Robbert Haarman



detach forks a new process, detaches it from the terminal, and executes a given command in it. This can be used for starting processes that don't terminate when the controlling terminal does.


The following downloads are available:

Latest Release

This version supports writing pidfiles, using files for stdin, stdout and stderr, and running in the foreground.

Initial Release

This is the original minimalist version of detach. It does not support any options, the arguments are simply treated as the command to invoke. Often, that's all you need.


Compiling and installing detach is as simple as:

$ make && sudo make install

If desired, an alternate installation prefix (default is /usr/local) can be specified by setting the PREFIX environment variable:

# env PREFIX=/usr make install

See the Makefile for additional details.


Start Firefox and keep it running even if the current shell exits:

$ detach mozilla-firefox

ssh into a remote machine, and start an xterm there that will be displayed on the local machine:

$ ssh detach env \ xterm


Before I started writing detach, I thought that surely someone must have already done so. While at the time I wasn't able to find any command that did what I wanted, I have since discovered some commands that do the same or almost the same as detach.


Debian GNU/Linux contains a binary called setsid in the util-linux package, which does the same thing as detach 0.1.0 (i.e. it uses setsid(2) to detach a command from the terminal, but does not redirect the standard file descriptors). So if you use Debian GNU/Linux, or another distribution with the setsid command, you probably have no need for detach.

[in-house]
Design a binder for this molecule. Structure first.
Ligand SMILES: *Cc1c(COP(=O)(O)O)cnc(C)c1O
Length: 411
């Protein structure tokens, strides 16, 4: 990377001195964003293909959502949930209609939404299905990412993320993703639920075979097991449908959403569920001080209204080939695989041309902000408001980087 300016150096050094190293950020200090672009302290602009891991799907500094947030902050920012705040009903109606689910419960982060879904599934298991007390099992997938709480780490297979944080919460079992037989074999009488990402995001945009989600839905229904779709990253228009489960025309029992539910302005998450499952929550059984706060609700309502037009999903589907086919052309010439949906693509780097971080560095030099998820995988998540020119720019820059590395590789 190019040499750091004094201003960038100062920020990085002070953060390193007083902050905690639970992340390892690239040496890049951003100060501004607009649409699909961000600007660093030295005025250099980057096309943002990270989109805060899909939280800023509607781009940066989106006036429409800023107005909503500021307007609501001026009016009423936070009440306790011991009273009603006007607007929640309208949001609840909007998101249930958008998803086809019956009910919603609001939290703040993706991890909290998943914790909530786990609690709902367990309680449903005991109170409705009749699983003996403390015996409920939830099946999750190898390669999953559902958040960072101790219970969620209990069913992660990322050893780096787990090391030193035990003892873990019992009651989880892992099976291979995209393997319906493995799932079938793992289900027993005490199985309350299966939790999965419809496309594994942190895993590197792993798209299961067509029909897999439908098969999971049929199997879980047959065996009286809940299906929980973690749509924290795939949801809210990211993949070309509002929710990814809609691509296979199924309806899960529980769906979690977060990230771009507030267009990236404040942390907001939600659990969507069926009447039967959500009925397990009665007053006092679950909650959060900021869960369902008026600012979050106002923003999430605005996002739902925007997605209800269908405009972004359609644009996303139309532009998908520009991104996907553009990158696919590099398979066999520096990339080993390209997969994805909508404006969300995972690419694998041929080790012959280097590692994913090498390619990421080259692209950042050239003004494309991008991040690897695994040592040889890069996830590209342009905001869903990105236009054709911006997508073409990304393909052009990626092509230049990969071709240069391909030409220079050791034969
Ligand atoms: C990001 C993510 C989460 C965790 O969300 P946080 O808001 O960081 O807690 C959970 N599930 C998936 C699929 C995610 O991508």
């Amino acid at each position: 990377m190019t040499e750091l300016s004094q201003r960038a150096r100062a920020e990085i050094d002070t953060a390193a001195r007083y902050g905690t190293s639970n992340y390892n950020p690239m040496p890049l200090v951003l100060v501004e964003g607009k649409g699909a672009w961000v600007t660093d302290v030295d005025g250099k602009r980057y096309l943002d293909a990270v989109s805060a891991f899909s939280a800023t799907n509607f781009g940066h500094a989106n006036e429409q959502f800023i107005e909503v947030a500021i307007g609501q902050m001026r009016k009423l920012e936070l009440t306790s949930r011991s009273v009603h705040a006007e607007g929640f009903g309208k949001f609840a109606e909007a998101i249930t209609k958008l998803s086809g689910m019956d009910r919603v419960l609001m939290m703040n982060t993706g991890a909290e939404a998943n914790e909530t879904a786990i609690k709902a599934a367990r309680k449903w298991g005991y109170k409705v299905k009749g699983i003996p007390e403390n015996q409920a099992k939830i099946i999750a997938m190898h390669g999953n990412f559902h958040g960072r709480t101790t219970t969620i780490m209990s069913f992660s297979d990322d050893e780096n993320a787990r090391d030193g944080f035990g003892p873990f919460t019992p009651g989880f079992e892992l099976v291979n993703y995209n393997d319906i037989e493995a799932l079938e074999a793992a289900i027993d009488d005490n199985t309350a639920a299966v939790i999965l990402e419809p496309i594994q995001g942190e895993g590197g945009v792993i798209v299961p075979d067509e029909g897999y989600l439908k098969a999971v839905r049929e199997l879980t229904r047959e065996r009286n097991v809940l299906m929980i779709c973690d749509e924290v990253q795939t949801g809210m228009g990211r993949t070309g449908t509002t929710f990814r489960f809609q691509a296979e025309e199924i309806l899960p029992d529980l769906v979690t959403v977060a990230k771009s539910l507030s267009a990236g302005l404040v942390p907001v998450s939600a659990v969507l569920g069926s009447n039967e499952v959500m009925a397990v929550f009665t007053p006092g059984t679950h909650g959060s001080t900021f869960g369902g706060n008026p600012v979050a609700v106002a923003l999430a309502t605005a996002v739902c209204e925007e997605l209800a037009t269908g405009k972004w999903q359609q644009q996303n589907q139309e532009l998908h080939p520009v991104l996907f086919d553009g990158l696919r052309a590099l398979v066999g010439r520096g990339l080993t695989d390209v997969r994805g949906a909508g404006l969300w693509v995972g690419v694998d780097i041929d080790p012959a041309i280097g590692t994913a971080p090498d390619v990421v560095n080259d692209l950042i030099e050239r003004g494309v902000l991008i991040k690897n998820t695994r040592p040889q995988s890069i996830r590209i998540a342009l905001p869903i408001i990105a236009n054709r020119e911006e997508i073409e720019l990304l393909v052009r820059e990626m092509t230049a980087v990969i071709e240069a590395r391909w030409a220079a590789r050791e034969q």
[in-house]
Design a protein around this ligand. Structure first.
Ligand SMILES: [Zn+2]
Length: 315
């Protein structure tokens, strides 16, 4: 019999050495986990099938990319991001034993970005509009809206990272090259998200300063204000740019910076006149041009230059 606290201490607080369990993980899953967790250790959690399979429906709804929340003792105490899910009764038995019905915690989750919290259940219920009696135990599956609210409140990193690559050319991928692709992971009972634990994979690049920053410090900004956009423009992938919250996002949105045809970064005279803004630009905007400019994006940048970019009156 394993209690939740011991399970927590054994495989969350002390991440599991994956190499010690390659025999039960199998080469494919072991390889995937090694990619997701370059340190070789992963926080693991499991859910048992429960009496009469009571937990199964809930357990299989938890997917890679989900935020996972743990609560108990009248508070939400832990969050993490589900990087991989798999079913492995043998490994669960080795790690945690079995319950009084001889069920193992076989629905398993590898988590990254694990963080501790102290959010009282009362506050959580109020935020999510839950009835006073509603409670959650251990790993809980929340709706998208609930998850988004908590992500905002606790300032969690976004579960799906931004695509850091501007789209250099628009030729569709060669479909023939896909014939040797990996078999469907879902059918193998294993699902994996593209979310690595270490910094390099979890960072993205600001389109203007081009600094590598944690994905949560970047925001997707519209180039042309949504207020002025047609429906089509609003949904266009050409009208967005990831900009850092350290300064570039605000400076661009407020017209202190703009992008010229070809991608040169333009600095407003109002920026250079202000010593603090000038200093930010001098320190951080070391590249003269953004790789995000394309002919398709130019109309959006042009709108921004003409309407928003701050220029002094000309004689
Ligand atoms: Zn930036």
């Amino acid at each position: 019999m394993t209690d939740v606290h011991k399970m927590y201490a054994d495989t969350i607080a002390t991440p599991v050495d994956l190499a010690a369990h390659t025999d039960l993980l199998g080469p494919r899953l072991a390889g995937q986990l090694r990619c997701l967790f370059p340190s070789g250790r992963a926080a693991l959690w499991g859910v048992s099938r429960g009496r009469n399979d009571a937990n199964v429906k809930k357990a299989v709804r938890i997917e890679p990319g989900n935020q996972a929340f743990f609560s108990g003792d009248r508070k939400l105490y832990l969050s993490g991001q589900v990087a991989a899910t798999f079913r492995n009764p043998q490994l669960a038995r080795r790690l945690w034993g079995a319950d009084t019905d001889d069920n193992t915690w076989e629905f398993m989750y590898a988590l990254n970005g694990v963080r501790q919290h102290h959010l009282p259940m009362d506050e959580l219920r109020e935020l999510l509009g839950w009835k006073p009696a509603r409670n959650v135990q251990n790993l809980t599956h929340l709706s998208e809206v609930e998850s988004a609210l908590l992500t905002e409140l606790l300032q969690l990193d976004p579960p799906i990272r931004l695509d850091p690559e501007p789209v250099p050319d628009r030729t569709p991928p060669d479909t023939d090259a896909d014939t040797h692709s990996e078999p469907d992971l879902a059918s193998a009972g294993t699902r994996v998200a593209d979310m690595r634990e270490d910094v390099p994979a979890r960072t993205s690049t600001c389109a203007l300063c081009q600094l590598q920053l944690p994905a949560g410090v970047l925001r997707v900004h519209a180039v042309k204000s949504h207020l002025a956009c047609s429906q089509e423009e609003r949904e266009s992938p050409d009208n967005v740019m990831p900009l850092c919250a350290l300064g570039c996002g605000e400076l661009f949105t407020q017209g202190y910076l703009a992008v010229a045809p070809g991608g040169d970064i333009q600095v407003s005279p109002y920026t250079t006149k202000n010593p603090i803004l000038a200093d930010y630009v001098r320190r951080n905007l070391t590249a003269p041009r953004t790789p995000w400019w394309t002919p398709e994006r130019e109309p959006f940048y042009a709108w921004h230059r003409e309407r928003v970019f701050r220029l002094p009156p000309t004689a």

To start mozilla using setsid, you would use:

$ setsid mozilla

Neither detach nor setsid are standard Unix commands, so one cannot count on either one being available on a particular system. detach is intended to be portable, and is known to work on OpenBSD, NetBSD, GNU/Linux and Mac OS X. The same is probably true of setsid, but I have not tested this.


Some shells, like bash and zsh, contain a disown built-in which performs a similar function to detach. disown, without any arguments, removes the current job from the job table, meaning that, for all intents and purposes, the shell forgets the job exists. In particular, as with detach, the jobs will not exit when the shell does. You can also specify one or more jobs after the disown command, which will remove the specified jobs, rather than the current one.


$ gv report.pdf &
[1] 9916
$ jobs
[1]  + running    gv report.pdf
$ disown %1
$ jobs
$ exit
# Shell exits, leaving gv running

One important difference between detach and disown is that detach is a program, whereas disown is a shell built-in. This means that you can use detach without using a shell, for example, with the exec family of system calls. With disown, you would have to start a shell first, and then, in the shell, start the program you want to start, and then detach it. For example, to start and detach mozilla from a Ruby script, you could use one of the following:

# Using detach:
exec 'detach', 'mozilla'

# Using bash and disown:
exec 'bash', '-c', 'mozilla & disown'


When Slashdot found out about detach, ScriptedReplay asked why one would use detach, instead of nohup, which comes with the system. The truth is that I didn't find nohup when searching for a command that would run another command detached from the terminal. The reason is that nohup doesn't really do that:

nohup, as the name implies, makes your command ignore SIGHUP. That is, unless you set a handler for it yourself, in which case you will still receive the signal when the terminal exits. You can use normal shell redirection and backgrounding on your process (although nohup will automatically redirect standard output to nohup.out if you don't redirect it).

detach uses the setsid system call to detach the command from the terminal. This means your process simply won't get a SIGHUP when the terminal exits, so you are free to use SIGHUP for things like reloading configuration files (like many daemons do). The disadvantage is that the standard file descriptors must be closed before calling setsid. For this reason, normal redirection doesn't work with detach, so explicit support for redirection has been added. detach also contains an option for writing the pid of the detached process to a file.